1960-2000: Bingo's Rise and Fall

1960-2000 bingo's rise and fallFrom the 1960s onwards, live bingo hit its peak in the UK. Participation rates across a network of more than 1,000 bingo halls topped one million players per month and revenue soared. As well as thriving in terms of participation, the bingo industry also became a major employer in the UK during the 1970s and 1980s. At its peak, British bingo employed more than 20,000 people in the UK.

Unfortunately, participation rates gradually dropped and the UK Bingo Association reported that the number of active bingo halls in the country had dropped below 400. Moreover, the number of people employed by the industry was less than 12,000. Fortunately, however, this drop in land-based bingo provisions coincided with the rise of online bingo.   


2005 to Today: Bingo's Digital Revolution

Although the virtual game began to take shape as early as 1996, it was not until iGaming grew as an industry that bingo was able to thrive. Cyberbingo.com was the first platform to launch in the UK and from this base a collection of operators joined the virtual realm.

The next major jump in the growth of online bingo came courtesy of Facebook in 2011. After launching a series of free-to-play bingo apps, the game started to reach many more homes and that sparked a boom in the number of real-money players.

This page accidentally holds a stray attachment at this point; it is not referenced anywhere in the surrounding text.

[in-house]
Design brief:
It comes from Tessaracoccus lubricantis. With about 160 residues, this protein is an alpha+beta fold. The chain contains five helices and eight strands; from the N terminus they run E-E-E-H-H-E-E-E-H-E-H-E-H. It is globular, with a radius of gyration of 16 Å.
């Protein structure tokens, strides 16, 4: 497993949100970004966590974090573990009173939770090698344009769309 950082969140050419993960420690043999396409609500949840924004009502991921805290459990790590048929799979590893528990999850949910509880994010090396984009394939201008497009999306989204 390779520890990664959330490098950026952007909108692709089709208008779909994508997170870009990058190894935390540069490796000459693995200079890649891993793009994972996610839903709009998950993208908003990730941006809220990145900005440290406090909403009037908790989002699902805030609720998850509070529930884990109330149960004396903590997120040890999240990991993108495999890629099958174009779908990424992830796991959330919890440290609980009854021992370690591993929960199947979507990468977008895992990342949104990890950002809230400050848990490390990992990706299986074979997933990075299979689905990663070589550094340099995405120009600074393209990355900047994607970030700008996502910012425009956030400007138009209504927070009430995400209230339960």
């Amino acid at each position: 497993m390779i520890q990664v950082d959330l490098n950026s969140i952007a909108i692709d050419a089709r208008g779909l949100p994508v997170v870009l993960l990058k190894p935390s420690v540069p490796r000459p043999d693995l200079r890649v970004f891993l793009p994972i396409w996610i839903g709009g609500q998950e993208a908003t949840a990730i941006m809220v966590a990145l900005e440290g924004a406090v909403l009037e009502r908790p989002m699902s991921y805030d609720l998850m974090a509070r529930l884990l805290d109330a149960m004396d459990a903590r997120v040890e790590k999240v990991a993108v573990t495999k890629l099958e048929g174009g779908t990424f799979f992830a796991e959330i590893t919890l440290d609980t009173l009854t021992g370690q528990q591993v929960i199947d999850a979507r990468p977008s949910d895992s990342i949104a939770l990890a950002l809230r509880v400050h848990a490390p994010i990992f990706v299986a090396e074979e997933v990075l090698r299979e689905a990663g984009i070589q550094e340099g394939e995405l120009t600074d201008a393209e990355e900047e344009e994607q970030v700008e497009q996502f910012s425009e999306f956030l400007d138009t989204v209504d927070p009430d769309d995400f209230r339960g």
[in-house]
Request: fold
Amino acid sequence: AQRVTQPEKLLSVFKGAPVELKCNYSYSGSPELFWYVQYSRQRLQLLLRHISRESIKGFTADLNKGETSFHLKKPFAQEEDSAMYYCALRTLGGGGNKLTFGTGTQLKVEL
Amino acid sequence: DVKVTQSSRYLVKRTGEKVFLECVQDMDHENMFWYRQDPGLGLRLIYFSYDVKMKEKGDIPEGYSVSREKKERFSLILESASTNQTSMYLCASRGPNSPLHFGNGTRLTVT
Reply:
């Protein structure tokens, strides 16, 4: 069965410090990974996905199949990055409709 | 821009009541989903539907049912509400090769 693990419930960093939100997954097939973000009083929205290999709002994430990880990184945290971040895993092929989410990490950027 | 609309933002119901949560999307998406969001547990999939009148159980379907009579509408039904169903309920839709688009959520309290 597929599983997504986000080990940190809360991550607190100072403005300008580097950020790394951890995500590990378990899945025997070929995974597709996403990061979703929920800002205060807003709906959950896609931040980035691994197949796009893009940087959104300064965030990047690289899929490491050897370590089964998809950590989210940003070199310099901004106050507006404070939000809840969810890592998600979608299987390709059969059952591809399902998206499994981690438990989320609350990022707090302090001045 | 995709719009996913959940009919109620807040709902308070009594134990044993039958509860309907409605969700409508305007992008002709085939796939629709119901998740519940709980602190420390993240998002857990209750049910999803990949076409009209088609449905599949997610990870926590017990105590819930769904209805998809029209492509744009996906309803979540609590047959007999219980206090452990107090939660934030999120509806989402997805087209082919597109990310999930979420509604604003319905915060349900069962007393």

Modern Bingo: The Stats

modern bingoToday, the online bingo industry is worth an estimated £80 million per annum in the UK and a further $90 million (£58 million) in the US. Since 2008 online bingo participation rates have jumped from 50,000 to more than three million and the average customer's spend is now £120 per month.

Part of the reason for this explosion of interest in the online bingo world is the ease of access the medium offers.
Recent polls suggest around 75% of players prefer online bingo to live bingo because of its simplicity. Moreover, the increased number of games (including unique formats such as speed bingo) and jackpot prizes make the online medium a more lucrative proposition for players. Indeed, modern players now have the ability to play bingo via their desktop or mobile devices and it's this variety that has allowed bingo to reach new demographics and become one of the most popular online games in Europe.